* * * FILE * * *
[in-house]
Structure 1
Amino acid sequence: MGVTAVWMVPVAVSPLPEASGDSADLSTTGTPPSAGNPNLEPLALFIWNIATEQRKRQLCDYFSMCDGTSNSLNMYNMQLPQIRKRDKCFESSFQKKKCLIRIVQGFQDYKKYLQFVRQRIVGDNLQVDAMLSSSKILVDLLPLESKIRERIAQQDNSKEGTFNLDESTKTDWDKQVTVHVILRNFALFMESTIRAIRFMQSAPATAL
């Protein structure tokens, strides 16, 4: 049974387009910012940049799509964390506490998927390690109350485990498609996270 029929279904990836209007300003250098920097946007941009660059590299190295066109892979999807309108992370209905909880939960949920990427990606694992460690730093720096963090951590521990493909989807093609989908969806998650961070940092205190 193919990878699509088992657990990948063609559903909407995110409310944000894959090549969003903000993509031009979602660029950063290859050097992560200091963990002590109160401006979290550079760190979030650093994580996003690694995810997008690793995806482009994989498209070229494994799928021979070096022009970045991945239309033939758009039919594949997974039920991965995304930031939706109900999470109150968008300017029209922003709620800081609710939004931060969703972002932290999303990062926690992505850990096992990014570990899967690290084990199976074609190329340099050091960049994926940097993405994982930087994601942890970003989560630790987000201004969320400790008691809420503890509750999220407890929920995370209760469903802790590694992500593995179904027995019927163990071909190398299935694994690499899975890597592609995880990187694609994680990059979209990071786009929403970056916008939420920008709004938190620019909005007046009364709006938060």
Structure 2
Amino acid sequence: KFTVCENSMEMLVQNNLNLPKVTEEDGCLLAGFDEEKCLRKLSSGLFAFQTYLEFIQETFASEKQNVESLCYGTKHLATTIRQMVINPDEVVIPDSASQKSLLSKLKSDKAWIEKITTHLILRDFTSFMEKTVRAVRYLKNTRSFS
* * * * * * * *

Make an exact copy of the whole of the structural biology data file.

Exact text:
[in-house]
Structure 1
Amino acid sequence: MGVTAVWMVPVAVSPLPEASGDSADLSTTGTPPSAGNPNLEPLALFIWNIATEQRKRQLCDYFSMCDGTSNSLNMYNMQLPQIRKRDKCFESSFQKKKCLIRIVQGFQDYKKYLQFVRQRIVGDNLQVDAMLSSSKILVDLLPLESKIRERIAQQDNSKEGTFNLDESTKTDWDKQVTVHVILRNFALFMESTIRAIRFMQSAPATAL
């Protein structure tokens, strides 16, 4: 049974387009910012940049799509964390506490998927390690109350485990498609996270 029929279904990836209007300003250098920097946007941009660059590299190295066109892979999807309108992370209905909880939960949920990427990606694992460690730093720096963090951590521990493909989807093609989908969806998650961070940092205190 193919990878699509088992657990990948063609559903909407995110409310944000894959090549969003903000993509031009979602660029950063290859050097992560200091963990002590109160401006979290550079760190979030650093994580996003690694995810997008690793995806482009994989498209070229494994799928021979070096022009970045991945239309033939758009039919594949997974039920991965995304930031939706109900999470109150968008300017029209922003709620800081609710939004931060969703972002932290999303990062926690992505850990096992990014570990899967690290084990199976074609190329340099050091960049994926940097993405994982930087994601942890970003989560630790987000201004969320400790008691809420503890509750999220407890929920995370209760469903802790590694992500593995179904027995019927163990071909190398299935694994690499899975890597592609995880990187694609994680990059979209990071786009929403970056916008939420920008709004938190620019909005007046009364709006938060």
Structure 2
Amino acid sequence: KFTVCENSMEMLVQNNLNLPKVTEEDGCLLAGFDEEKCLRKLSSGLFAFQTYLEFIQETFASEKQNVESLCYGTKHLATTIRQMVINPDEVVIPDSASQKSLLSKLKSDKAWIEKITTHLILRDFTSFMEKTVRAVRYLKNTRSFS